ASD was diagnosed by standardized measures including the ADOS [45], the ADI-R [46], and the DSM-IV [47], followed by a multidisciplinary team consensus of ASD diagnosis, and this was documented in our charts [25].

2.3. Data Analysis

To assess the differential rate of change (improvement) in the MSEL, linear mixed effects models were used with group (ON or OFF sertraline as defined earlier), age/time of measurement (in months), and group by time interaction with primary outcomes as expressive and receptive language score. Here, we report results for raw scores (as results based on the corresponding age equivalent expressive and receptive scores were similar). We employed a significance level of 0.05, and analyses were performed using SAS version 9.2. Predicted expressive and receptive language scores based on the fitted mixed model are provided at 20 months (about baseline) and at 40 months (corresponding to ~20 months after baseline).

3. Results

We examined MSEL expressive and receptive language over time in 45 children whose age at baseline assessment ranged from 12 to 50 months of age and who had language delays and similar MSEL Early Learning Composite Scores (Table 2). This includes 11 children who received sertraline after a baseline assessment and 34 children who were not on sertraline throughout the duration of the observation (followup) period.

Table 2
Participants baseline MSEL receptive, expressive languages, and early learning composite score.

The incidence of ASD was similar in both groups (72.7%, or 8/11, and 79% or 27/34, resp.). The time from baseline to first followup for the ON sertraline group (mean 11.7 months, SD 7.0 months) was significantly shorter than that of OFF sertraline group (mean 19.4 months, SD 9.2 months, P = 0.0255). The total length of followup time for the ON sertraline group (mean 18.6, SD 8.61) was significantly shorter than that of OFF sertraline group (mean 24.7 months, SD 6.2 months, P = 0.039). For the 11 children in the ON sertraline group, five had one followup visit, three had three followup visits, and the remaining three each had four, five, and six followup visits. Among the 34 children who were not on sertraline, 12 had one followup visit, three had 3 followup visits, and two had 4 followup visits; 17 had only baseline measurements.

As expected, language improvement was observed for all children over time (Figure 1). However, the rate of language improvement was significantly higher for children who were on sertraline after baseline compared to children who were not on sertraline through the observation period with respect to both expressive language (P < 0.0001) and receptive language (P = 0.0071). See Table 3 for details. For expressive language, the model-based mean MSEL score at age 20 months (about baseline) was similar for the ON sertraline group (mean 9.72, SE 1.89) and OFF sertraline group (mean 9.09, SE 1.20), but average scores at age 40 months between the groups were significantly different: mean 22.36 (SE 1.49) compared to mean 13.59 (SE 0.91), respectively. This similar pattern of improvement was also observed for receptive language (see Table 3 and Figure 1 for details).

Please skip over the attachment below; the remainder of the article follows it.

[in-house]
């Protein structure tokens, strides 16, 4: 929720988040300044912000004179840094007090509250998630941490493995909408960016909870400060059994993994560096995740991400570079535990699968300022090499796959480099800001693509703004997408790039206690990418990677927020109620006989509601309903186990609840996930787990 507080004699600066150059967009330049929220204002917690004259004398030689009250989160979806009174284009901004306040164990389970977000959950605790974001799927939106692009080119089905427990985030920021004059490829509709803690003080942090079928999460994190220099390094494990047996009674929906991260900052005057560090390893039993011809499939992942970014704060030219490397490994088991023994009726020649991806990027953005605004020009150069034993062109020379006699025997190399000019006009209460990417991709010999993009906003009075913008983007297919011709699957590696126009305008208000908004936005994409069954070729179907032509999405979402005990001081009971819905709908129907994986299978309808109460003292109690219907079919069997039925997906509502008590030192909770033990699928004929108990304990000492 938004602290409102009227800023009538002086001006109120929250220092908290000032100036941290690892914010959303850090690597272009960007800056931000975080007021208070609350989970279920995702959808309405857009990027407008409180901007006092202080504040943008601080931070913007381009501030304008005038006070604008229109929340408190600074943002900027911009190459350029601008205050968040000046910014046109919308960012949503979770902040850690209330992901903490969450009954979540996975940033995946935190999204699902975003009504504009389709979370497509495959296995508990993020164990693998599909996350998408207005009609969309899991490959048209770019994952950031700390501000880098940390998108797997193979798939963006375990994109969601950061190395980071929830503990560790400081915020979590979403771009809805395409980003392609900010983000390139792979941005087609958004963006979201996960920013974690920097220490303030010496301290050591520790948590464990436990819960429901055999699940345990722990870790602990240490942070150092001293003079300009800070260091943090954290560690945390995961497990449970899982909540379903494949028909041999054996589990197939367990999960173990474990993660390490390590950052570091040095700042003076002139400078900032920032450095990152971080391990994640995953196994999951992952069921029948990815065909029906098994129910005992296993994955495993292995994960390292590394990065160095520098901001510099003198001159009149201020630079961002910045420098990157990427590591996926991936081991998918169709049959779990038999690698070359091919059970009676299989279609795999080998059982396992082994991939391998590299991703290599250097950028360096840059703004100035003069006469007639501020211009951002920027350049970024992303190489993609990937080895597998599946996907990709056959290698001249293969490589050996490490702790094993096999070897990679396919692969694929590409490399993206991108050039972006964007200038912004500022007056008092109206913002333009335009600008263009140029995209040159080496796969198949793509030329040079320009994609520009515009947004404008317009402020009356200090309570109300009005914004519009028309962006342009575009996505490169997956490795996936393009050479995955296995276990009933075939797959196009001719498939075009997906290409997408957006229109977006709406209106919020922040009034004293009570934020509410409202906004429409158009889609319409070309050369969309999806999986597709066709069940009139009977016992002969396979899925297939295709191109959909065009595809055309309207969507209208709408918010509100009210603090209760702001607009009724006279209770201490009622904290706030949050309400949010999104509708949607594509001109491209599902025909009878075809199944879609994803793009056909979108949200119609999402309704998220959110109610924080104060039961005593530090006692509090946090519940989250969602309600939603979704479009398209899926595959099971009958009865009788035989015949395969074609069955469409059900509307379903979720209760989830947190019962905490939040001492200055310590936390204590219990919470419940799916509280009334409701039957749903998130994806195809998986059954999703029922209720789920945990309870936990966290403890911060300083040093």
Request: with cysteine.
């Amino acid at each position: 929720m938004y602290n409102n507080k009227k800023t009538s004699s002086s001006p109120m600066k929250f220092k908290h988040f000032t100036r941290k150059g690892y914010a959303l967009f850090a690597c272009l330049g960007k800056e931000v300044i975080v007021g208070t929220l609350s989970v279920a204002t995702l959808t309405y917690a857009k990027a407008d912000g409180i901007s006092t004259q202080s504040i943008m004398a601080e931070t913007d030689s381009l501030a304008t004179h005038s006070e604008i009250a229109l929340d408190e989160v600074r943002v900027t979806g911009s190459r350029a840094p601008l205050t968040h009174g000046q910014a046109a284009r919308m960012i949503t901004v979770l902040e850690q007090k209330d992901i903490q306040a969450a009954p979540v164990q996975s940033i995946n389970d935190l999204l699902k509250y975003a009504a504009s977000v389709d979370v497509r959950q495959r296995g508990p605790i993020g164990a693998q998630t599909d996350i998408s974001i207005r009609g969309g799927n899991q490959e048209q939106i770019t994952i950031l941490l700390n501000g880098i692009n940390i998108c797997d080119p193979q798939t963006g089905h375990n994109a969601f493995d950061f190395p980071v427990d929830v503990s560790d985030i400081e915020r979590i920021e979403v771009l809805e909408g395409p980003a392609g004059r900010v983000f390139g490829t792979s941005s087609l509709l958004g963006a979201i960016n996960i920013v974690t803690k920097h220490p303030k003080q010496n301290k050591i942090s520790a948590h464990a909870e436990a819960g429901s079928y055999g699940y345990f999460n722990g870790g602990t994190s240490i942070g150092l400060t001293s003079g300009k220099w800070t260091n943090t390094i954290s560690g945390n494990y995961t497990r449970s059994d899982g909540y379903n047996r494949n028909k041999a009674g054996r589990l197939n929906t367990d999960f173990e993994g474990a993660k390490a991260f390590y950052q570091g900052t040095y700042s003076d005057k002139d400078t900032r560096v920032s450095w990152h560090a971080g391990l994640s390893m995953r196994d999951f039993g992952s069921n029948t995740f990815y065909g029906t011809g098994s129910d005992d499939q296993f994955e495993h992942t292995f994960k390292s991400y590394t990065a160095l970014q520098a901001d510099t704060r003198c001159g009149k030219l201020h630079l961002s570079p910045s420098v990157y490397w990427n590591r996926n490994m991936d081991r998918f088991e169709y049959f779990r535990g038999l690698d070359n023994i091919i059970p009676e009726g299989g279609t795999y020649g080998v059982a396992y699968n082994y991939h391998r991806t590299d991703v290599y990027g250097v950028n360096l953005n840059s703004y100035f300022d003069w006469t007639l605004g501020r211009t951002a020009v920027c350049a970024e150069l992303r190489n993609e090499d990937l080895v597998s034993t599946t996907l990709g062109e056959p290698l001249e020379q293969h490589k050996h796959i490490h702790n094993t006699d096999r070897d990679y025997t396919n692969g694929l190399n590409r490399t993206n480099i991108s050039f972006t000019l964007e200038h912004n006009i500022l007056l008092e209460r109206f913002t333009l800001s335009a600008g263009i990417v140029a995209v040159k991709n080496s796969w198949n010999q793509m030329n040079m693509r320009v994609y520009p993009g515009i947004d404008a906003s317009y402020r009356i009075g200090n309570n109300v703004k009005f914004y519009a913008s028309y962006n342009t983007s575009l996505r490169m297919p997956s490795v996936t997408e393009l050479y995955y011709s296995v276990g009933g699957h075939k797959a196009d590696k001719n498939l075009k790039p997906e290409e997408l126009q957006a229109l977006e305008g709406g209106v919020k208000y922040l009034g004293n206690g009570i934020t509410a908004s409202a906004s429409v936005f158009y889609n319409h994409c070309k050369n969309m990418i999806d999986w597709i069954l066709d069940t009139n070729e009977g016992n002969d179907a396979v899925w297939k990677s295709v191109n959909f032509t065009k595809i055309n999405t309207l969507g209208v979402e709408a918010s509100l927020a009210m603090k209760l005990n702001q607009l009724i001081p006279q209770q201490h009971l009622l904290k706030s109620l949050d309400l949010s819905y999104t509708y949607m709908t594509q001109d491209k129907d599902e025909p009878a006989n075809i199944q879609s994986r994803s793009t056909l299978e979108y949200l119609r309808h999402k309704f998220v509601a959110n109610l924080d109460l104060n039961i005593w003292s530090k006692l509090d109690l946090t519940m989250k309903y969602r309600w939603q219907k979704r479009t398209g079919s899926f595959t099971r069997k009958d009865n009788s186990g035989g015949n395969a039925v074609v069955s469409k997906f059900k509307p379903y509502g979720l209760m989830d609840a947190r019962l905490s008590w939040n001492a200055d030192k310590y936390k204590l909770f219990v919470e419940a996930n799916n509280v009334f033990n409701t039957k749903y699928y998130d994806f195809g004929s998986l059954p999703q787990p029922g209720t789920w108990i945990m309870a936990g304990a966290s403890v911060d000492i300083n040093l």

Figure 1
Expressive (a) and receptive language (b) trajectories over time for children on sertraline after baseline and children not on sertraline throughout the duration of the observation period.
Table 3
Change in expressive and receptive language (raw) MSEL scores.

4. Discussion

Assessment of the developmental trajectory in young children is very challenging, but it is necessary for a better understanding of developmental changes over time and can provide important information regarding effects of early treatment with sertraline in combination with early developmental interventions. From our retrospective chart review, we report here a better rate of improvement in language development over time for children with FXS who were treated with sertraline compared to children of similar ages and who did not receive sertraline treatment. Although this is an observational retrospective study which is not a treatment trial, the results suggest the need for a controlled trial of sertraline in young children with FXS. These data reflect our clinical experience with sertraline in treating young children with FXS, and we have seen improvements in anxiety, irritability, and socialization in addition to the language improvements noted in the MSEL assessments.

Typically, the developmental trajectory in children with FXS is approximately 50% of the normal rate and expressive language is even lower [50]. A recent study reports that developmental delays in receptive and expressive language domains were evident by 9 month of age in children with FXS [51]. Language is an important domain because it most strongly correlates with intellectual ability. It is also the one of the main modalities through which a child relates to his environment, and it is an important conduit for social and emotional enrichment and stimulation from environment [20, 22]. Anxiety can interfere with social interaction, and it can also impair language development particularly in those with FXS [17, 24]. Early use of sertraline has been recently used clinically to improve both anxiety and social interaction in young children with FXS because of the emerging data regarding the use of an SSRI in young children with autism [30, 31, 36]. Because the clinical use of sertraline was not part of a study, we did not have followup measures of anxiety but instead we have only our routine MSEL testing that is carried out on all young children with FXS that we see clinically or for research.